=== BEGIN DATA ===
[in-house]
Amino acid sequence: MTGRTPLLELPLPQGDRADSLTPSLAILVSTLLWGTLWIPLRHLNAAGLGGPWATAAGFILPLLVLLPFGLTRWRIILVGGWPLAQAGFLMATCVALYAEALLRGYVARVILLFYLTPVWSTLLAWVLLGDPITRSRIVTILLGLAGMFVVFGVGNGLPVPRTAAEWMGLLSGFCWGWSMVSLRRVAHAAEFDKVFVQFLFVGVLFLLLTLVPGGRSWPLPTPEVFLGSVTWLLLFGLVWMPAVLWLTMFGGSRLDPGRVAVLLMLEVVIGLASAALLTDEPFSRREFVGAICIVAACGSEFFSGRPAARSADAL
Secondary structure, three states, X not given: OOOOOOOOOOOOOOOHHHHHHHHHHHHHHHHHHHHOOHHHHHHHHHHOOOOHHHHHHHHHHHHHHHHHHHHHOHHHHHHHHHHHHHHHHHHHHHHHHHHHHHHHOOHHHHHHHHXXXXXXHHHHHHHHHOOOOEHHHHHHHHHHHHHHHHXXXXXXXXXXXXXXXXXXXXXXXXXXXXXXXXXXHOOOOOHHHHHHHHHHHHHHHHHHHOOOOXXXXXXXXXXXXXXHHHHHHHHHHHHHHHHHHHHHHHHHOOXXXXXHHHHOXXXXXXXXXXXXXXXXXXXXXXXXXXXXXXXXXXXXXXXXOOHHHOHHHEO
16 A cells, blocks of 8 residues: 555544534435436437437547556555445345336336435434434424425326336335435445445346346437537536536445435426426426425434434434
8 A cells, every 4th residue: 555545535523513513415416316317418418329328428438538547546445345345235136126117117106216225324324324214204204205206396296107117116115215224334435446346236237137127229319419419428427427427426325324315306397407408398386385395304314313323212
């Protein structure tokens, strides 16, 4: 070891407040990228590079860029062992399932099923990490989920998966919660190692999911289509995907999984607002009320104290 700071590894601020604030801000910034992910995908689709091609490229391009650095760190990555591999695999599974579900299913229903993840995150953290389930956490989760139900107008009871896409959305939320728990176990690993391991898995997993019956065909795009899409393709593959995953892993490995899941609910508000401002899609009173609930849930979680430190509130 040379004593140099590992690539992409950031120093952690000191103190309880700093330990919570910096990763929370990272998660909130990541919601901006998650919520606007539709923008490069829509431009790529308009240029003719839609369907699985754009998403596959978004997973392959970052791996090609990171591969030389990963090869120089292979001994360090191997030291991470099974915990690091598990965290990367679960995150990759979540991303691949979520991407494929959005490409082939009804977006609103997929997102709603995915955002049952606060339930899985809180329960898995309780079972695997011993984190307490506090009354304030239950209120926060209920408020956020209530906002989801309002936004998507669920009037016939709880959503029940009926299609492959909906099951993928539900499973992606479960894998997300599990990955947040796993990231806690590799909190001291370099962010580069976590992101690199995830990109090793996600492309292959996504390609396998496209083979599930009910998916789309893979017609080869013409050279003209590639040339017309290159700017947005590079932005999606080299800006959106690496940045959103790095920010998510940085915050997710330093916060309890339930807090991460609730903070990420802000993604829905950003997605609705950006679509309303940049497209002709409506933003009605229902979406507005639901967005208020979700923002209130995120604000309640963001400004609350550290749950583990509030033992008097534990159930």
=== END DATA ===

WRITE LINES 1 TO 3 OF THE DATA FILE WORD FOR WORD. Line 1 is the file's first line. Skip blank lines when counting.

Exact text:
[in-house]
Amino acid sequence: MTGRTPLLELPLPQGDRADSLTPSLAILVSTLLWGTLWIPLRHLNAAGLGGPWATAAGFILPLLVLLPFGLTRWRIILVGGWPLAQAGFLMATCVALYAEALLRGYVARVILLFYLTPVWSTLLAWVLLGDPITRSRIVTILLGLAGMFVVFGVGNGLPVPRTAAEWMGLLSGFCWGWSMVSLRRVAHAAEFDKVFVQFLFVGVLFLLLTLVPGGRSWPLPTPEVFLGSVTWLLLFGLVWMPAVLWLTMFGGSRLDPGRVAVLLMLEVVIGLASAALLTDEPFSRREFVGAICIVAACGSEFFSGRPAARSADAL
Secondary structure, three states, X not given: OOOOOOOOOOOOOOOHHHHHHHHHHHHHHHHHHHHOOHHHHHHHHHHOOOOHHHHHHHHHHHHHHHHHHHHHOHHHHHHHHHHHHHHHHHHHHHHHHHHHHHHHOOHHHHHHHHXXXXXXHHHHHHHHHOOOOEHHHHHHHHHHHHHHHHXXXXXXXXXXXXXXXXXXXXXXXXXXXXXXXXXXHOOOOOHHHHHHHHHHHHHHHHHHHOOOOXXXXXXXXXXXXXXHHHHHHHHHHHHHHHHHHHHHHHHHOOXXXXXHHHHOXXXXXXXXXXXXXXXXXXXXXXXXXXXXXXXXXXXXXXXXOOHHHOHHHEO